This last Sunday Jonathan spoke to us about being a people who put “Compassion Into Action”. This phrase, one of the four Vision Statement phrases we have here at Desert Vineyard and Tehachapi Mountain Vineyard, is an incredibly important one because it highlights the Kingdom invitation to turn belief and conviction into action. There is an immense temptation within our individualistic and consumeristic culture to limit our faith to a matter of personal belief, private ethics or eternal security. However, this seems quite discordant with what the NT emphasizes over and again. Take for example Matthew 21:28-31
28“What do you think? There was a man who had two sons. He went to the first and said, ‘Son, go and work today in the vineyard.’ 29 “ ‘I will not,’ he answered, but later he changed his mind and went. 30 “Then the father went to the other son and said the same thing. He answered, ‘I will, sir,’ but he did not go. 31 “Which of the two did what his father wanted?” “The first,” they answered. Jesus said to them, “I tell you the truth, the tax collectors and the prostitutes are entering the kingdom of God ahead of you.
And again, the same emphasis is seen bluntly in James 2:14-19
14What good is it, my brothers, if a man claims to have faith but has no deeds? Can such faith save him? 15 Suppose a brother or sister is without clothes and daily food. 16 If one of you says to him, “Go, I wish you well; keep warm and well fed,” but does nothing about his physical needs, what good is it? 17In the same way, faith by itself, if it is not accompanied by action, is dead. 18 But someone will say, “You have faith; I have deeds.” Show me your faith without deeds, and I will show you my faith by what I do. 19You believe that there is one God. Good! Even the demons believe that—and shudder.
Neither of these texts, nor the multitude of others we could point out in this same vein of a faith that is active/manifest, are meant to condemn or guilt us into anything. Rather, they are simply touching on the clear biblical imperative to act on what we believe. Paul is clear in Ephesians 2:8-9 that mankind is saved “through faith…not by works”. Yet, in the very next breath (Ephesians 2:10) he states that “we are God’s workmanship, created in Christ Jesus to do good works…”. These are not opposing ideas, but complimentary. God has shaped and called us as a people to turn our faith into action, to live by what we believe, to follow the challenge oft attributed to St. Francis of Assisi,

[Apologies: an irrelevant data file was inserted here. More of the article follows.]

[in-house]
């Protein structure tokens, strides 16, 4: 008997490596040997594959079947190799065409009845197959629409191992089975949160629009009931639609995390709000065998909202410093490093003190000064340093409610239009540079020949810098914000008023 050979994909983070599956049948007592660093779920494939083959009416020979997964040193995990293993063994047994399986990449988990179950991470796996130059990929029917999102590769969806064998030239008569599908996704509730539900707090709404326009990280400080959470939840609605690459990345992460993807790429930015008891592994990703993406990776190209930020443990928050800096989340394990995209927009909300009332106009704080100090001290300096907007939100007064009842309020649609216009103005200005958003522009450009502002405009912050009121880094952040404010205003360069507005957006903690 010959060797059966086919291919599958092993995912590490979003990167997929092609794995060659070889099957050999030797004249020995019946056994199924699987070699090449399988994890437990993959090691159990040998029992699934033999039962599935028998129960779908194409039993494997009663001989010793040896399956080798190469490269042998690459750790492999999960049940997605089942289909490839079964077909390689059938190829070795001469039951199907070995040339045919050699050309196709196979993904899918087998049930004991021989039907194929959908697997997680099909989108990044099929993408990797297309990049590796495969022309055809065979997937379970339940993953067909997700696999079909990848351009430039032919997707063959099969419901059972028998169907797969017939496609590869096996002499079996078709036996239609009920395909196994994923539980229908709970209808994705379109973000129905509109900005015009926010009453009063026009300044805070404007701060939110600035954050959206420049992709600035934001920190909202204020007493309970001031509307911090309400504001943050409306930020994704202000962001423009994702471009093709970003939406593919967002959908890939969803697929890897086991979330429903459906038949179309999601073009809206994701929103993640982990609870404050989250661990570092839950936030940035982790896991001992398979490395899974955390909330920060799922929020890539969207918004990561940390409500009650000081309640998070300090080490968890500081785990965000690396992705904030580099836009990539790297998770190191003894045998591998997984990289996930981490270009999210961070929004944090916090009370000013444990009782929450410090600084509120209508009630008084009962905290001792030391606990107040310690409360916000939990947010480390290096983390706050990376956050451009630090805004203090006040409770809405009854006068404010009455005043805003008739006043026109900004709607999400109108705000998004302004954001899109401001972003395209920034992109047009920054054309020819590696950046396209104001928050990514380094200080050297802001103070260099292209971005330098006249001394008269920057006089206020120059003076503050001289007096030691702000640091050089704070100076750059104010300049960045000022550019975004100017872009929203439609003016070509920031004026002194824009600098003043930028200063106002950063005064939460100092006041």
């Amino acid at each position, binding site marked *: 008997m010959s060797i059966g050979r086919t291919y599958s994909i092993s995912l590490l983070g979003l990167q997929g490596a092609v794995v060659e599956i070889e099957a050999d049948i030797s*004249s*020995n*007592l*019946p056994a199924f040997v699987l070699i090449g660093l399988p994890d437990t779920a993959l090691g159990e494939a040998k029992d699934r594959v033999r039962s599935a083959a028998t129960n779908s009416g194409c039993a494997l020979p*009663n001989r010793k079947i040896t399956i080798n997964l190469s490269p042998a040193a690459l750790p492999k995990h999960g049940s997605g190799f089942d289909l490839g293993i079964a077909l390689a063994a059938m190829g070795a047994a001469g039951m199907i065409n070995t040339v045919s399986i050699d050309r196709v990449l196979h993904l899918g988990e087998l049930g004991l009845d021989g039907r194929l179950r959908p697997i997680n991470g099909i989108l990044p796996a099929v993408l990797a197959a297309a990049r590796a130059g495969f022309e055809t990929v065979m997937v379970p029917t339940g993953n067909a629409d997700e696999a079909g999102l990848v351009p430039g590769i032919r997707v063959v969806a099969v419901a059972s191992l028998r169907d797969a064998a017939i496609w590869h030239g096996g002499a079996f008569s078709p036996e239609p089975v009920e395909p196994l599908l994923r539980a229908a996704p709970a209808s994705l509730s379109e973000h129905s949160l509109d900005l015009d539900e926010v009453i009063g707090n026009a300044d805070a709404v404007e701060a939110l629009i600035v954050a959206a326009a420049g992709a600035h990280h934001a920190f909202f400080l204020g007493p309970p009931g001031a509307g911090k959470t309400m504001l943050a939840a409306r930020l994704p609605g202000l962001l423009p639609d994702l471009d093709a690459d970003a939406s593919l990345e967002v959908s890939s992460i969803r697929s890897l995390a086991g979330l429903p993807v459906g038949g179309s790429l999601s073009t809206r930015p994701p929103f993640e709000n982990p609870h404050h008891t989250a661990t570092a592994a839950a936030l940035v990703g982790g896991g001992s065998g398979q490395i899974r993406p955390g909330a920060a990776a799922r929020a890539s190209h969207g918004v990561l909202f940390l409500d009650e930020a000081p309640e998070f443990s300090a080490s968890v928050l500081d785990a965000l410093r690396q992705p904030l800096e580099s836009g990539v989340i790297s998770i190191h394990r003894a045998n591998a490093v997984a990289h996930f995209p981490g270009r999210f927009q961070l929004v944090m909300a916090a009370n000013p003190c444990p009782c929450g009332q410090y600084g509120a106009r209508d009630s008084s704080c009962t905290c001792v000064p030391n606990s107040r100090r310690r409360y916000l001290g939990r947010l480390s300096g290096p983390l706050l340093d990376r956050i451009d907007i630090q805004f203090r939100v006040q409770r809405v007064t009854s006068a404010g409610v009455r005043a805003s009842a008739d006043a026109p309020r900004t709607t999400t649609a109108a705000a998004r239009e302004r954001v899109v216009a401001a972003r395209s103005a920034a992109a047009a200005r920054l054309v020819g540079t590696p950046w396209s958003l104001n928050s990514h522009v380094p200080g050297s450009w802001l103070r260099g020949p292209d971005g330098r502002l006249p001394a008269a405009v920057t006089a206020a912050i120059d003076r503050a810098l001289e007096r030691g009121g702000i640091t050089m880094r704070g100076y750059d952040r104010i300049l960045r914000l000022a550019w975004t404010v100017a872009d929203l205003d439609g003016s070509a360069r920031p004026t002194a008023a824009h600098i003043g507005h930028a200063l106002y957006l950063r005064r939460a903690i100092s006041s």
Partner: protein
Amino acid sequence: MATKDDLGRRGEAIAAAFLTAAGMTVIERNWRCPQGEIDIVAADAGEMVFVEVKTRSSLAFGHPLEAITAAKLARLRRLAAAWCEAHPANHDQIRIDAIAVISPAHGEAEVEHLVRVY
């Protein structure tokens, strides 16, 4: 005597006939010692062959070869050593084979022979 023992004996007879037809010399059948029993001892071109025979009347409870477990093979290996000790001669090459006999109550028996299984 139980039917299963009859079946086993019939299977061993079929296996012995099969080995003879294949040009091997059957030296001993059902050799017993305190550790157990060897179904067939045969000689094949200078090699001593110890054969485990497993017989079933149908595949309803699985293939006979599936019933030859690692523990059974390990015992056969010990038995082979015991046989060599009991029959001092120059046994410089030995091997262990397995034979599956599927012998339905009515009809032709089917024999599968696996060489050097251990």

“Preach the gospel at all times, and when necessary, use words.”
So it seems clear from both scripture and the Church Fathers…our faith is intended to be something we are consistently compelled to flesh out through action. Yet, if you’re anything like me, the intentionality to act is something that can fall to the wayside in the crush of daily life and responsibilities. How are we to be faithful to this challenge to turn our faith into action in a way that fits the reality of daily life? One key word for me emerged from the text Jonathan took us through Sunday. He turned our attention to Galatians 2:1-10 where Paul is discussing his meeting with Peter, James and John in Jerusalem to clarify whether he was preaching a gospel consistent with what the leaders of the Jerusalem church were preaching. As they wrapped up their time together discussing all of this, there was confirmation from Peter and the other leaders that Paul was indeed preaching the gospel of the Kingdom and that he should continue doing so. Before they parted ways, however, we’re told that they asked one thing of Paul…
“All they asked was that we should continue to remember the poor, the very thing I was eager to do.” (Galatians 2:10)
The key word here seems to be “REMEMBER”. As Paul went out to preach the gospel, the leaders of the church urged him to remember to actively lean toward compassion to the poor everywhere he went. Paul identifies that this very thing was what he already felt compelled to do. These Church Fathers had a deep conviction that their faith, and the good news of Jesus that they carried with them, was most powerfully conveyed by putting into action through showing compassion to those in need. Now, you and I will face need around us every day. It is pervasive in our culture and our lives. Whether it be physical needs, emotional needs, social needs, etc. The questions that seems pertinent is ‘Will we see it? Will we recognize it? Will we be willing to turn what we believe into actions that address the needs of others?’ For me, when I’m not thinking about something, it can easily pass me by even if it’s straight in front of me! That key word, “REMEMBER”, seems to be so key to us being obedient to the biblical imperative to act on our faith. Here’s a suggestion…
Each morning take a few minutes to pray and reflect before you launch into your routine. Remind yourself that you are loved by God, invite him to be present to and intimately leading the context of your day, and ask him to help you to REMEMBER just how important active compassion is to him. Ask him to make it equally as important to you! With this intentional lens, we will be more apt to clearly see the need that moves toward us that day. If we’re looking for it, if we’re focused on it, if we remember it…it will stand out in neon when it crosses our path. The Christian Faith has near its very center the imperative to take what we’ve been given and give it away to others. The Lord has been so gracious to those who are willing to see and receive his love. With the compassion we have been shown, we are directed to go amongst our daily life and show it to others.
How might you go out today into your world, and REMEMBER the imperative to actively show compassion to those in need around you? I’m excited to be part of a church that feels compelled to take such a challenge so seriously! Lets do some good this week my friends!
Tehachapi Mountain Vineyard Pastor